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$'onil JirteHrgettce. CARDIFF BATHS.—Number of bathers during the week Jnding latb July, 1867:—In the Turkish bath, li/3; hot water baths, 142 swimming baths, 647. SHOP ROBBERY.—Just before mid-night on Saturday, a nan and boy entered the shop of Mrs. Lewis, grocer, &c., Wharton-street, and the man struck Mrs. Lewis while the boy snatched a loaf of bread, after which they both ran IWRT«MFF INFIRMARY.—^Two sermons were preached in Roath Church, last Sunday, in behalf of the Infirmary, rhe Rev. Canon Morgan, M.A., the vicar preached in the morning, and" the Rev. J. R. Jenkins B.A <curate, ^m the evening. The collections amounted to £ 5 10s. THE INFIRMARY.-We are glad to learn that the Trea- sure? of the Infirmary, W. D. Bushell, Esq., has received the sum of £ 29 13, from the f^Tum^fron the Rhvmney Railway Company; also the sum ol ±2, troni the Druid's Lodge, at the Mason's Arms both m aid of the funds of tlie IHS >itution» r t FATAL ACCIDENT.—About noon on Wednesday, a httfc boy, named John Maloney, aged eight years, residing at J 6, Adelaide-street, fell into the West Dock basIn, and was drowned. One or two persons saw him fall m, but they were unable to rescue him until all the efforts made, under the direction of Mr. Pratt, surgeon, who was called to the ™-S»rQ'S, from Cardiff for St»gh« £ £ pfKi'. Bay, M«y 26, with lo» of ton,- + V^ilvtrarfccs fcc having experienced a hurricane irom Tt S on the'6th,'livt 34 S., l<mg. 17 W.-Martha Jane, 5' n' from Waterford for Cardiff, reported as wrecked at SSv' CoTe Jot off 4th instant with very little damage.- Portally ,S George, brigantine, of andfor Kmsale, Cardifl, harbour, on the 12th July, tookhe°ground »nd capsised her cargo is being discharged 111 TUnkAT"rTs°—llicbard^ Davies, Neath,"engineer, to sur- v Tnlv 2t)'- Thomas Twiddle Drysdale, Swansea, ship- render Ju y 2b,_ inom Swansea> iicensed victualler, broker, Jujr 'T „ Mountain Ash, watchmaker, July 2i July 22 Dav,d^fNanthane, beerseller, July 25 Samuel Lewis, L < < ^langerniew, labourer, July 20; 24; Isaac Thomas, Aberdare, carpenter, July 22; Wm. C. HurJey Canton Glamol'ganshire, coal merchant, July 2D, —Llynvi and.Ogmore Railway Lampeter rj„s' anj Gas; Cardiff aid Penarth Roads, Cnckhowell Gas and Water, Neath and Brecon Railway, Cambria <y (Extension of Time), Lnndon and .North-Western (New Works), Great Western Railway. BKEAM-DOWN HARBOUR.—The first scction of this gigan- tic undertaking was completed on Saturday, by Messrs Chaplin and Co., contractors. A solid stone wall now ex- tends 150 feet into the sea, the thickness of the same being ten feet at the base, graduating to five feet at the top. There is also an abutment of forty feet in length and ten feet in width, and a wing of thirty feet. The second section, we understand, will be commenced forthwith, when the Bristol and Exeter Railway Company will, according to agreement, extend their line to the works. The present aspect of affairs is most encouraging. ENGLISH CHINA WARE.—The Herald correspondent at the Paris Exhibition, remarks -.—Price, of Bristol; Cox, of Stanhope-street, Hampstead-road; Jones, of the Trent Pottery and Primavesi, of Cardiff, occupy advanced places in this useful and elegant competition. Not one of them but is a lon°" way ahead of his French rivals; quite on a par with the Germans, who employ, for the most part, dull colours or dead surfaces in advance of the Belgians, who coov us however, to sevilly and as much superior to the Dutch as a Sevres vase is to a Ramsgate mug. THE BALLOT-Mr. Dilhvyn and Kir. C. R. M Talbot, were amona; iho minority who went into the lobby with air II, Berkeley on Friday, in favour of secret voting. It is noticeable that out of the UU members who voted against the ballot, 26 are liberals, and comprise some of the ablest men in the party-namcly, the Right Hon. W^Iv Gladstone, Marquis of Hartington, Sir G. Grey, Mr. J S. Mil!, bit 1 E. Colebrooke, Sir E. M. Buller, Hon. G. Denman, Lord Dunkellin, Hon. C Hanbury-Tracey, Right Hon. R.Lowe Colonel Packe, Sir Harry Yerney, Hon. G. Waldegrave- Leslie, Sir A. Agnew, Sir T. F. Buxton, Sir T. B Western, Messrs. Akland, Evans, Finlay, G. G. Glyn, Muckie, A. Mitchel, Nichol, John red, II. D. •'Sounour, and Wyvill. Mr. Bright was absent from the division. Colonel Ciichfon- Stuart had intended to vote for the motion, but was aecidentlv shut out of the lobby. REGISTRATION.—Saturday, July 20th, is the last day for service of notice of claims for votes for members of parlia- ment in county constituencies. SALEM WELSH BAPTIST CHAPEL, SPLOTLAND.—On Tuesday evening at the above place, was held the second quarterly meeting of the three Sunday schools of the Welsh Baptist Chapels at Cardiff-vir. Tabernacle, Siloam, Docks, and Salem, Splotland; when several piecieswere recited and sung very creditably. The attendance was small, and the chair was filled by Mr. J. Davies. Mn. BRUCE'S EDUCATION BILL.—We regret to observe in the Parliamentary reports of Monday night that Mr. Bruce, in reply to Mr. Hubbard, said that it v>'as not his in- tention to proceed with the Education of the Poor Bill, and he moved that the order for the second reading be discharged. The order was discharged, and the bill was withdrawn. We hope it will be re-introduced next session. ATTEMPTED SUICIDE.—On Sunday night the wife of a respectable shipchandler at the docks, rushed out of her house in her night-dress and mn towards the West Bute Dock Basin. She there attempted to throw herself in, but a police-constable succeeded in preventing her, and conveyed her home. Temporary mental derangement was said to be the cause. A STEAMER SUNK IN THE CHANNEL.—On Tuesday morning, before many people were astir, a pleasure steamer belonging to Mr. Fothergill, and which was lying in the Clevedon bay, was observed suddenly to sink. Luckily, there was no one on board at the time. The explanation offered is that the vessel leaked, and had been filling during the night, which was very rough. LLANDAFF CATHEDRAL.—Sunday, July 21.—Morning Prayer- Venite, 136 Daily Psalms, 115; Te Deum, 1, 3 Jubilate, 174; Hymn, 141; Kyrie, Rogers in D; Hymn, ] 4-2, part 3.-Evening Prayer—Daily Psalms, 117; Mag- nificat, Wesley Anthem, "How dear are thy counsels," Crotch; Hymn, 161.—The Litany—Hymns, 164,163,11. SIXTEENTH GLAMORGAN (BuTE) R.Y.C.—Regimental orders by Captain C.W.David, Captain Commandant:— Company Drill: Mondays and Wednesdays, at 7.30 p.m. Fullunifonn, Wednesdays. Musketry instruction: Tues- days and Fridays. Target practice: Thursdays, 7 p.m.; Saturdays, 41 p.m.. Recruit drill: Every evening at 8 p.m. Private practice Fridays, 7 p.m, Orderly officers for the week ending July 28: Captain Stockdale, Sergeant Gotterell, Corporal Warren. RIFLE COMPETITION.—On Monday a competition for prizes took place ou the East moors, between the 16th Glamorgan Rifle Volunteers. The weather was very un- favourable, the wind being decidedly adverse to accuracy of aim on the part of the marksmen. There were five prizes competed for, the three principal of which were won as follows:—1st, Private Thomas Edwards, £ '<, 24 points; 2nd, £1 lOs., Private Edward Edwards, 23 points 3rd, £1, Private Thomas Mason, 22 points. PIC-MC.—On Wednesday the officers and teachers of the Canton Wesleyau Sunday School proceeded, in breaks and other vehicles, to Cold Napp, in the vicinity cf Barry Island, where they regaled themselves with every dainty in season, together with fruit in abundance; and after a very enjoyable day, althsugh the weather was very unpropitious, the partj, after taking tea and cake, re-entered their conveyances, and arrived at home about 10 a.m., exceedingly delighted with the day's recreation. DEATH OF MR. E. KENWAY.—We announce with sincere regret the death of Mr. Edward Kenway, for many years the Seeietary of the Taff Vale Railway. The deceased gentleman was engaged in his ordinary duties, and enjoyed his usual health, until a very few days previous to bis death, which occurred on Tuesday. Mr. Kenway was a man of retiring disposition, who laboured assiduously in the discharge of his official functions and confined himself mostly thereto, taking very little part in public anahs, though he was known to hold very decided opinions on many public questions of the day. GLAMORGANSHIRE VOLUNTEERS.—The annual Volun- teer Prize Shooting Competition will commence on Tuesday the 23rd inst., and will be continued on the two following days. Wednesday, the 31st, is the day determined on which the County Review and the annual inspection will take place, and which will be held this year on Crumlin Burrows, at as near a point to Britonferry-road station as practicable. This arrangement will be very advantageous to the Volun- teers in the Swansea, Neath, and Merthyr Districts, for Britonferry-road can be reached without charge of railway carriage. This will not be so for volunteers from the eastern end of the county, as they will have to change carriages at Neath from the South Wales to the Vale of Neath line. GLAMORGAN ARTILLERY —At Wimbledon, we are happy to notice, the second prize for rifled carbine shooting was carried off by Corporal Bennett, of the 1st Swansea Glamor- gan Artillery, with the same score of 32, as took the first prize, the winner of which made one more point at the longer range. The firing was five rounds at 150 yards, when Bennett scored 17, his opponent making 16, and five rounds at two hundred yards, the winner scoring 16, while Bennett made 15 points. There were 150 competitors, of whom two made 32 points, four 31, four 30, one 29, and about fifty 28. Corporal Bennett is evidently a crack shot with his carbine, for he carried off last year the first prize at Port Talbot, and the first prize of his corps at Swansea. REV. J. S. WORKMAN.—On Sunday, the Rev. J. S. Workman, of London, preached the annual sermons on behalf of Loudon-square chapel, when satisfactory collections were made on behalf of the chapel funds On Monday even- ing a meeting on behalf of the Wesleyan Home Missions, presided over by Mr. John Cory, was held in Charles-street Chapel, which was addressed by Mr. Workman, the Wesleyan ministers of Cardiff, and other gentlemen. It appeared from the .report read that the past year had been the most successful of any that the misssion had passed, and that the revenues raised for the purposes of this useful local charity were largely increasing, and its benefits exten- ding to the poor beyond those of former years. TESTIMONIAL TO THE REV. P. MADDOCKS.—On Monday evening last a public meeting was held in Bute-street chapel, Cardiff, to present a testimonial to the Rev. P. Maddocks, prior to his departure to Gloucester. The chair was occu- pied by Mr. J. E. Billups, The chairman apologised for the unavoidable absence of Mr. John Cory, who was at that hour engaged in presiding over the meeting held in behalf of the Wesleyan Missions. A letter was then read from the Rev. N. Thomas, expressing his sympathy with the meeting and his respect for Mr. Maddocks, and then Mr. Billups re- ferred to the labours of Mr. Maddocks for the last five years in Cardiff, exhorted the members to pray for him, to cultivate closer union with God, and to cherish christian affection for all christians. The meeting was subsequently addressed by Mr. T. White, Messrs. Beaven, Hodgson (town missionary), J ohn8on and Howells. The testimonial, consisting of a beautiful purse containing £23 10s., all in gold, was then presented to Mr. Maddocks, who, with deep emotion, ac- knowledged the munificent gift and thanked the friends in Cardiff for all the kindness he had received during his five years' stay in this important town. We believe that .11 r. J, E. Billups was the first to suggest about two months ago the propriety of presenting Mr. Maddocks with this token of esteem. The meeting was a very pleasant one, and on the whole well attended, as the weather was most unfavourable. THEATRE ROYAL, CROCKHERBTOWN.—The theatre going community have had a treat this week in the appearance of the Bath and Bristol Comedy and Burlesque Company. The principal piece performed has been Paris "—a classical burlesque founded upon the contest of beauty among the goddesses, which was admirably rendered. The singing was excellent, and the beauty of the ladies who appeared as god- desses was not unworthy of the characters they appeared in. Mr. Vemon, Mr. Fosbrooke, Mr. Loome, and the other actors elicited the warmest applause. The costumes worn by the ladies are gorgeous, and the company, which is a strong one, were rewarded with good houses, full boxes, and applause, and bouquets thrown on the stage. ODDFELLOWSHIP.—The members and friends of the Loyal Tredegar Lodge celebrated their ninth anniversary on Monday the 15th, at the Four Elms Inn, Roath the decorations, &c, being as usual under the efficient manage- ment of Miss Benjamin, who spared no pains in giving the spacious club-room a pleasing appearance. There was a rich variety of flowers and evergreens also the elegant and much admired banner of the lodge was unfurled on the occasion. The repast consisted of the choicest delicacies of the season, reflecting great credit on the catering abilities of the worthy host and hostess. The cloth having been removed brother S. Hewitt, C.S. of the district was unanimously voted to the chair. He was supported on his right by brother R. Day, grand master of the district, and P.G's. Jenkins and Baggs; on his left by brothers J. Williams, P.P.G.M., brothers N. Harries N.G., P.G. Lodge, and Messrs. E. Joseph, and G. Moreton, members of the A.O F. The vice- chair being occupied by brother Hugh Smith, N.G. of the lodge, supported right and left by P.G.'s, Baugh, Kearns, Barter, Warren, Grainger, Benjamin, and brother Robins, V G. The chairman gave in succession the usual loyal and patriotic toasts, which were warmly received and responded to, followed by some excellent songs and recitations throughout the evening by brothers Williams, Barker, Ben- jamin, Grainger, and Jones The chairman then said it gave him great pleasure in proposing the toast of the even- ing, prosperity to the Tredegar lodge," coupling with it the name of an old and valued officer, brother J. Kearns, P.G. which was enthusiastically drank, which the Manchester brother, J. Kearns, responded to in a very appropriate speech, congratulating the members on the very flourishing and prosperous state of the funds. He said that he could assure them that they were second to none in the district, taking into consideration the youth and numbers of the lodge, and as a proof of the healthy state of the members he was proud to tell them that they had not paid out one penny in sick pay this year. He thanked them very kindly for the flattering manner in which they had drank his health, and concluded by proposing the health of a gentleman who was a veteran in the Order, and well known for his energy and perseverance in furthering the interests of the Order, and also much esteemed for his wholesome advice and frequent visits to the Loyal Tredegar Lodge. He had much pleasure in proposing the health of Brother Solomon Marks, P.P.G-M which was drank with the usual honours and eloquently acknowledged by Brother Marks, who expressed the pri'le he felt in visiting this Lodge, where he found everything carried out to the strict letter of the law; also such a friendly feeling existing amongst the brethren. The next toast was the Board of Directors and the G.M. of the Order, which was responded to by Brother J. Williams, P.P.G.M., in an able speech. The Town and Trade of Cardiff followed, and was responded to bv Messrs. Thomas and Bennett. The Chairman then gave the District Officers, which was responded to by Brother R. Day, G M. of the District, in a very appropriate and pithy speedi, setting forth the advantages of belonging to a society where every member had a voice in the management, and also giving such benefits to widows and orphans—for example, a member leaving a widow with four children would be entitled to the handsome bonus of £ 50,—i'30 for herself, and £ 5 for each „Viild The Manchester Unity at present numbered 411,000 members with a capital of over £ -2,000,0(i0. The CardiS District mustered 900 members, with a capital of i'8,00o. The Vice-Chairmau, in a feeling and complimentary speech, proposed the health of their Chairman observing that the high position ho held in the district was a sufficient guarantee that the right man was in the right place, namely, their chairman that evening, and trusted that before long he would occupy a still higher position in the Order, as a member of the Board of Directors Brother Hewitt responded in very appropriate terms, expressing the Satisfaction it gave him in bf-mg amongst them on this festive occasion, and re- ferring to the dignity mentioned by their Vice-Chairman, he could only say that if he had the honour of represent- ing this district at the next A.M.C., he would again try for the honour. He thanked them for the hearty manner in which they had drank his health. The Army and Jvavy" was responded to by Mr. E. Joseph, 1st Glamorgan Light Cavalry Volunteer Corps. Brother R. Day then gave the health of the Secretary of the Lodge, Brother J. Lewis, which was acknowledged in a brief but appropriate speech, quoting some statistics, numerical and financial, showing the rapid strides the lodge had made since he had held the office. The remaining toasts were the Visiting Brothers," responded to by Brother Baggs in a neat and humourous speech, concluding by proposing the health of their Vice- chairman, complimenting him on his activity and zeal in the Order, and Brother Smith responded; the "Host and Hostess," eloquently acknowledged by Brother Giles; Kinindrcd Societies," and a little aior" harmony, brought the happy evening to a close. PBDBSTRIANISH.-An exciting foot-race took place, on Saturday evening last, at Grangetown, between Frank Har- rison the butcher. and Charley Coombs, for £ 2 a-side. The distance was half a mile and half a mile in; the start- ing point being from the road leading to the Tanyard to the bridge, and back. Betting was even. The men, who were in good condition, started precisely at eight p.m., and for some distance kept pretty well together, but in the return, the tallest man, the butcher, came in at least 50 yards ahead. A good deal of money changed hands on the race. ST. SWITHIN'S DAY—Monday was the anniversary of St. Swithin, and as on former occasions the weather formed the subject of much comment, especially by rural folks. Many of these, although they knew little of the worthy Bishop of Winchester whilst he was in the flesh, yet retain a strong faith in the legend that the drenching showers on the loth of July, and for forty days afterwards, some 1200 > ears ago, prevented the busy monks from removing his Lody from the churchyard into the choir of the minister, and that the appearance of rain or any anniversary of this event por- tends, as Gay has it, that Twice twenty days shall clouds their fleeces drain. Should the popular belief prove correct this year, we may look out for a soaking time during the remainder of the pre- sent month and the greater part of next; for heavy showers fell at intervals during the morning, while towards the even- ing there were tremendous storms, attended with thunder and lightning. The bucolic mind must have been gladdened, since an old almanac tells us- The farmers praise St. Swithin come again To wet the crops with forty days of rain. WILL OF SiB. THOMAS PHILLIPs.-The will of Sir Thomas Phillips, Q.C., late of Gloucester-place, Portman- square, London, and Llanellea-house, Abergavenny, was proved in the London Court, on the 4th inst., by the execu- tors and trustees, Mr. William Page Thomas Phillips, bar- rister-at-law. his nephew; the Rev. William Price, testator s nephew. The personalty was sworn under £ 60,€00. Sir Thomas was a deputy-lieutenant for the county of_ Mon- mouth, and was Mayor of Newport during the Chartist riots of 1839, and knighted for his services in suppressing the outbreak. Sir Thomas bequeaths to his nephew, William P. T. Pkillips, his freehold estates, and leaves him the plate presented to him (the testator) for services rendered in sup- port of law and constituted authority during the Chartist disturbances at Newport; the rest of his plate he leaves to his sister, Mary Price, and also an annuity of £ 200. All the plate that are presentations he desires may remain in the family of his nephews and nieces as mementos. His books he divides between his nephews, William P. T Phillips and Thomas Phillips Price. To his nieces, Elizabeth and Mary Price, he leaves each a legacy of £ 6,000. He leaves his interest in the coal mines of the Forest of Dean, Man- hole, and Torch Amman, between his two nephews, William P. T. Phillips and Thomas Phillips Price, and his two nieces, Elizabeth and Mary Price. The residue of his property he leaves to his nephew, Thomas Phillips Price. He bequeaths Y,350, the dividends to be paid to ten poor persons of the borough of Newport; £3:10, the dividends applied to repairing the school erected by him at Llanellen, the surplus to be added to the teacher's stipend; and 1;700, the dividends in like manner for a school erected by him at Court-y-Be la. THE ABERAMAN IRONWORKS.—The following letter appears in the TimesSir,—My attention has been called to your report of this cause in The Times of the 10th inst., wherein you state that Crawshay Bailey, Esq., M.P., the proprietor, negotiated for the sale of them to me. Now the fact is that I purchased the estate, works, and minerals, together with all the plant, live and dead stock, including the ore raised to the surface-in fact, including everything upon the estate—for £ 250,000. I then sold the estate to the Credit Foncier Company for 1300,000.1 also on written contract, they making a Mr. Stansby their nominee in their assignment of purchase, and paid by check a deposit of £ 5,000, into the Imperial Bank in the names of our re- spective solicitors. I have not yet received one penny, neither have I any position with the parties at issue in Vice- Chancellor Malin's court. You will oblige me by publish- ing this statement, that I may in no way become prejudiced by the declaration that C. Bailey, Esq., M.P., only nego- tiated with me Otherwise I might be, from my position with the Credit Foncier Company. I am, sir, yours obedi- ently, MARK MARKWICH—Hall-court, Hurst-green, Ryde, Sussex, July 13." CRICKET.—A very pleasant match was played on Satur- day between the Roath and Penarth Cricket Clubs, on the Cardiff Arms' Park, when some tolerably good cricketing was displayed. Score as under, the Penarth Club being victorious:— ROATH. 1st innings. 2nd innings. Arnold, rttn out 0 1. b. wkt., b. Yorath 4 Bell, c. Lovett, b. Yorath 0 c. Corbett. 5 Bainbridge, c. Smith, b. Raymond.. 6 c. Lovett .7 Nash,b.Yorath.Ob.Yorath 6 J. Thompson, c. T. Smith. 9 c. T. Smith 0 E. Sadler, run out .Zb.T.Smith.2 T. Hodge, c. Raymond 0 run out 0 Harvey, b. Yorath 0 c. Yorath 2 Page, b. Yorath 0 c. T. Smith 6 H. Sadler, run out 7 not out I S. Thompson, not out. 1 c. Yorath 0 ByeSj wides, &c.17 Byes, "wides, &c«..17 42 50 PENARTH. let innings' 2nd innings. Proctor, not out 4 T. Smith, C.Thompson .2 E. Corbett, run out » T. Yorath, b. Bainbridge 6 not out 0 H. Smith, run out .23 not out .1 W. Steap, c. Bell ••• 5 Raymond, b. Wainbridge 2 E. Jones, run out I W. Jones, c. Thompson. 7 Lovett, b. T.Thompson 0 E. Morse, b. Bainbridge. 2 Byes, wides, &c.23 92 1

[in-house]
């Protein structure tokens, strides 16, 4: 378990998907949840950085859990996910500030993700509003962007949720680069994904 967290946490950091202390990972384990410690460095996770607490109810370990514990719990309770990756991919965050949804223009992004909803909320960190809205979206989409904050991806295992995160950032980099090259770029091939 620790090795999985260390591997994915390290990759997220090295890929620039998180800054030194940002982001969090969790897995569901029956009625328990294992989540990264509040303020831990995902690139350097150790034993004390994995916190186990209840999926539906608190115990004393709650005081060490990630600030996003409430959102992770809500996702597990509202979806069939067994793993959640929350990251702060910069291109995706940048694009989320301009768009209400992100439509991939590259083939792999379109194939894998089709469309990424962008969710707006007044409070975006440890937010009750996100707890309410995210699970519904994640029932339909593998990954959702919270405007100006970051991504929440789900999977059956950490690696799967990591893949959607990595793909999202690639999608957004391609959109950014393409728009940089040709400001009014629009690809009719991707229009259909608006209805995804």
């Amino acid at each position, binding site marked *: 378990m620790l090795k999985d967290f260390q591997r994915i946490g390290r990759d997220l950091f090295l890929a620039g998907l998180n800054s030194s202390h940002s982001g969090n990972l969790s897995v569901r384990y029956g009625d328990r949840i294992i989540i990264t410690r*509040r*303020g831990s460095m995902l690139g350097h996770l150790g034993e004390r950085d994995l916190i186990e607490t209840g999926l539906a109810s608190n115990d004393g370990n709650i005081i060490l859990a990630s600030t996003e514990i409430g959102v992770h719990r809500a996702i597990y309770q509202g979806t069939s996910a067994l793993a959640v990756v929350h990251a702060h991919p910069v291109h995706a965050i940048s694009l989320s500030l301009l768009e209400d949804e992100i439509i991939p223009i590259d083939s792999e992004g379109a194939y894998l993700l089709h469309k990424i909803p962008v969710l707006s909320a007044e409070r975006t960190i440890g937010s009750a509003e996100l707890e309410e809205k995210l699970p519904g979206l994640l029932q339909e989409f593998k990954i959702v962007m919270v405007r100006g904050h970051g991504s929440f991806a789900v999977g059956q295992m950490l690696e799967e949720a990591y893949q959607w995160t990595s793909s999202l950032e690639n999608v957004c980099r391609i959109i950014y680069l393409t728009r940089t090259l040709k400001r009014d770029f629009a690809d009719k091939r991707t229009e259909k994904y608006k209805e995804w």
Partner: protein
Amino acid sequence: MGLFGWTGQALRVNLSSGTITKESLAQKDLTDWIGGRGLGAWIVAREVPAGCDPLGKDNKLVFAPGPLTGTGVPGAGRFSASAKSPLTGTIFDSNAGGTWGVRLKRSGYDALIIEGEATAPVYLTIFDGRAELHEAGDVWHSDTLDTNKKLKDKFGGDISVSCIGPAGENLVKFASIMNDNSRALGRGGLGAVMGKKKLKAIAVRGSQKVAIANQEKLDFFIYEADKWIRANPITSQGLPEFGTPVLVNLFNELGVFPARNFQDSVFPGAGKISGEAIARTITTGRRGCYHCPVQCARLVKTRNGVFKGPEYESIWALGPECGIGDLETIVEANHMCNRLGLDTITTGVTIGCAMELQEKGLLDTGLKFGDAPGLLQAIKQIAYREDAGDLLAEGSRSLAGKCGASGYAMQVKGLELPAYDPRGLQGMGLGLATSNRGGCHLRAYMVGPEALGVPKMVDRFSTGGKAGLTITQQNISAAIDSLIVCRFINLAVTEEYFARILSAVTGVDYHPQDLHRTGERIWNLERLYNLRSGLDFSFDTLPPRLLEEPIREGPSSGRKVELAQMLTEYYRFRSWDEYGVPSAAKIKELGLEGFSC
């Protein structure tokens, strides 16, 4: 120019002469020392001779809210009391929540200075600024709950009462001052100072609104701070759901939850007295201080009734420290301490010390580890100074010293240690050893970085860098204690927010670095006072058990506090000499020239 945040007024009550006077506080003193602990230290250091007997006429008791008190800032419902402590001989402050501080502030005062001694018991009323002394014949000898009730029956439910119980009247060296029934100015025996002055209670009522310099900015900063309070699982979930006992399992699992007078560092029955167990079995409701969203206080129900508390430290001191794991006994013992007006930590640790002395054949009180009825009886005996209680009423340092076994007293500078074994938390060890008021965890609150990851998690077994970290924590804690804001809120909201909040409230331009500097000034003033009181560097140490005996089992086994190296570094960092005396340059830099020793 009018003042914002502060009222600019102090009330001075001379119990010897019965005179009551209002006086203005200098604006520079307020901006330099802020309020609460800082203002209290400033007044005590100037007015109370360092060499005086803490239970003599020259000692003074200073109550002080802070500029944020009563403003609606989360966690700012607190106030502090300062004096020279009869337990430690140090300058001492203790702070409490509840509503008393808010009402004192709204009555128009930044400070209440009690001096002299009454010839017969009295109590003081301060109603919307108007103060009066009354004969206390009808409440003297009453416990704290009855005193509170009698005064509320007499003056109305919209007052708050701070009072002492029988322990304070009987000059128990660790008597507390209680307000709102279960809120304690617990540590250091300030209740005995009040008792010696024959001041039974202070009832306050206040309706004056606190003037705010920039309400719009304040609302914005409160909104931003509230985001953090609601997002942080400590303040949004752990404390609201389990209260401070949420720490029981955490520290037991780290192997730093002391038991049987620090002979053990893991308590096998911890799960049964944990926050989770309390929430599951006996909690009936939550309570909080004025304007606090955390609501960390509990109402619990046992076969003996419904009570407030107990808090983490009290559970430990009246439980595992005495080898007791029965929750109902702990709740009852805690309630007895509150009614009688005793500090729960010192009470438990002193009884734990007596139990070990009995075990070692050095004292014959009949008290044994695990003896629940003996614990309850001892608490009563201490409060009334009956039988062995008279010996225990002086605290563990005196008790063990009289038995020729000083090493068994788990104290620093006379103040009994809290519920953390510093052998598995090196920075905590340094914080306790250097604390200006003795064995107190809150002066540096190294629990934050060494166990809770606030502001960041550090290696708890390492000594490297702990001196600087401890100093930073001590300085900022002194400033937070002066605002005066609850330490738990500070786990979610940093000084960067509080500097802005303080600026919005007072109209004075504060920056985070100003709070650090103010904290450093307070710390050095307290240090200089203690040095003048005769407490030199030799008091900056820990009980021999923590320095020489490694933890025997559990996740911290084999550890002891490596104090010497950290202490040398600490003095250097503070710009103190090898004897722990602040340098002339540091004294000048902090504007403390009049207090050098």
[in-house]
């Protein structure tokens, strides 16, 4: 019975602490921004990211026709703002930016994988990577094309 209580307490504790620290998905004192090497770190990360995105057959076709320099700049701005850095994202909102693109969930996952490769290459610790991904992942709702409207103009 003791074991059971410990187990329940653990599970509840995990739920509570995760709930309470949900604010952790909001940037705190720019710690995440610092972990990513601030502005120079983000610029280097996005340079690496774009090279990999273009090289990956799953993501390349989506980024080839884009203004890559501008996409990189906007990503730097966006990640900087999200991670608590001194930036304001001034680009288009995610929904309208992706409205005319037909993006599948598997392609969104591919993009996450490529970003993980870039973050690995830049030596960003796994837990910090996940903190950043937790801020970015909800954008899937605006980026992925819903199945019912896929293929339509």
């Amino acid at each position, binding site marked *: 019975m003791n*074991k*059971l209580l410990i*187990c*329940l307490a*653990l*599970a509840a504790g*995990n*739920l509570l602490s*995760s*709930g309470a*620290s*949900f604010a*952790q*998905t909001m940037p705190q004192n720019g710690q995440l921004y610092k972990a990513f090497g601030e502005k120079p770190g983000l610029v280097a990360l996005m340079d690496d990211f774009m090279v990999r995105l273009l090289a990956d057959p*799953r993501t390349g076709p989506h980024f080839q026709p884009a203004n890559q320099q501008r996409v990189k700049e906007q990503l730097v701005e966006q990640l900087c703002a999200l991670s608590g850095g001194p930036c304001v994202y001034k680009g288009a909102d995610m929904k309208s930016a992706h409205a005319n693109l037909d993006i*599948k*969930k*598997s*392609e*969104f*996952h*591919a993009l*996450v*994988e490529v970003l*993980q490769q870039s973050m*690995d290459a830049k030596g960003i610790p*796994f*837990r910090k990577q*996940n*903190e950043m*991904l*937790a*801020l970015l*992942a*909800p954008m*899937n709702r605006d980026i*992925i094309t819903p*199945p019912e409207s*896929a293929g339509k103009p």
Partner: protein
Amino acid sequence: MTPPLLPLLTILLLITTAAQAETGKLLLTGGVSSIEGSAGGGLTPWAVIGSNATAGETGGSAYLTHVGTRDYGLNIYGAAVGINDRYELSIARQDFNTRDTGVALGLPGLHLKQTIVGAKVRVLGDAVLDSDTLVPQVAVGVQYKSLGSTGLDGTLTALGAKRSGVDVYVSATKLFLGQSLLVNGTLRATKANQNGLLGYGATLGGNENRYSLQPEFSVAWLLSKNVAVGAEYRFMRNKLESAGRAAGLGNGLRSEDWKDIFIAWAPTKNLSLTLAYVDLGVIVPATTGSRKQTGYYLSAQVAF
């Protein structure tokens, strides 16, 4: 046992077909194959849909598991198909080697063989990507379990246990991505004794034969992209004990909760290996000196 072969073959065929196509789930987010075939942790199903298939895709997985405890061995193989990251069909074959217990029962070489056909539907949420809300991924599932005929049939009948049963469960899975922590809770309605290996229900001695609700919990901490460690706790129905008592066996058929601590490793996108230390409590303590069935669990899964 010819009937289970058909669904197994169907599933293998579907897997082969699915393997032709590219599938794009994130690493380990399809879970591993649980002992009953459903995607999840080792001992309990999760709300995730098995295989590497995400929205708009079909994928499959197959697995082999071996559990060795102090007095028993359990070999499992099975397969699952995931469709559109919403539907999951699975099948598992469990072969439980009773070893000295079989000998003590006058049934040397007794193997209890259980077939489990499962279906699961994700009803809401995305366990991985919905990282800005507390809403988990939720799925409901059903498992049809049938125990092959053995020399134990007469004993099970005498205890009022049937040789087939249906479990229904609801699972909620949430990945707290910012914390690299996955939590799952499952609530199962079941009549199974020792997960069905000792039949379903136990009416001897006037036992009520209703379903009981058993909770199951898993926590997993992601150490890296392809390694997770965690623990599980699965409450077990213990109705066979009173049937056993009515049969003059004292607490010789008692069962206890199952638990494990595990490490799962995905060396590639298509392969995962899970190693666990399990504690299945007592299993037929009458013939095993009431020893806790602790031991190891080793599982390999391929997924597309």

THE NEW FIRE ENGINE.

Jttftrs to % diritor. f

ANECDOTES OF LUNDY ISLAND.

THE LORDS MUST NOT INTERFERE…

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"BCEOM FROM THE CIAJBS."

CUTTINGS FROM THE OWL.

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W BEREZOWSKIS SENTENCE.

ODR LONDON CORRESPONDENT.

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ITEMS OF POLITICAL NEWS.

PICKINGS FROM PUNCH.

JJXTRACTS FROM FUN.

ISATURDAY, JULY 20, 1867.